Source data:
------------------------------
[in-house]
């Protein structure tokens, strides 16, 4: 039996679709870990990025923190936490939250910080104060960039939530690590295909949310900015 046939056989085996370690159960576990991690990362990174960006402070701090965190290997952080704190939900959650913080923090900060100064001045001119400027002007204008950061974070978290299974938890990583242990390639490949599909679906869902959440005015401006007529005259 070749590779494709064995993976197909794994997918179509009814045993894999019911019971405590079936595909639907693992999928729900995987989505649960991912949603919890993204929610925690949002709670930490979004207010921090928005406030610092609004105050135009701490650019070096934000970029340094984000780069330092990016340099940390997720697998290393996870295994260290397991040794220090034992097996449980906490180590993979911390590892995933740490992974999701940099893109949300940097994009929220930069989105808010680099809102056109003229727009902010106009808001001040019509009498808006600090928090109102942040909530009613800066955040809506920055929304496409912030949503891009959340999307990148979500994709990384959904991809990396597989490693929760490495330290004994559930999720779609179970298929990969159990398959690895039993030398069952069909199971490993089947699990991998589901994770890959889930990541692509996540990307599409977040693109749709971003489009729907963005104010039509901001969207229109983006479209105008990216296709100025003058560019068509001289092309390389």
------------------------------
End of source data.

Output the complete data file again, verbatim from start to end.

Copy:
[in-house]
């Protein structure tokens, strides 16, 4: 039996679709870990990025923190936490939250910080104060960039939530690590295909949310900015 046939056989085996370690159960576990991690990362990174960006402070701090965190290997952080704190939900959650913080923090900060100064001045001119400027002007204008950061974070978290299974938890990583242990390639490949599909679906869902959440005015401006007529005259 070749590779494709064995993976197909794994997918179509009814045993894999019911019971405590079936595909639907693992999928729900995987989505649960991912949603919890993204929610925690949002709670930490979004207010921090928005406030610092609004105050135009701490650019070096934000970029340094984000780069330092990016340099940390997720697998290393996870295994260290397991040794220090034992097996449980906490180590993979911390590892995933740490992974999701940099893109949300940097994009929220930069989105808010680099809102056109003229727009902010106009808001001040019509009498808006600090928090109102942040909530009613800066955040809506920055929304496409912030949503891009959340999307990148979500994709990384959904991809990396597989490693929760490495330290004994559930999720779609179970298929990969159990398959690895039993030398069952069909199971490993089947699990991998589901994770890959889930990541692509996540990307599409977040693109749709971003489009729907963005104010039509901001969207229109983006479209105008990216296709100025003058560019068509001289092309390389």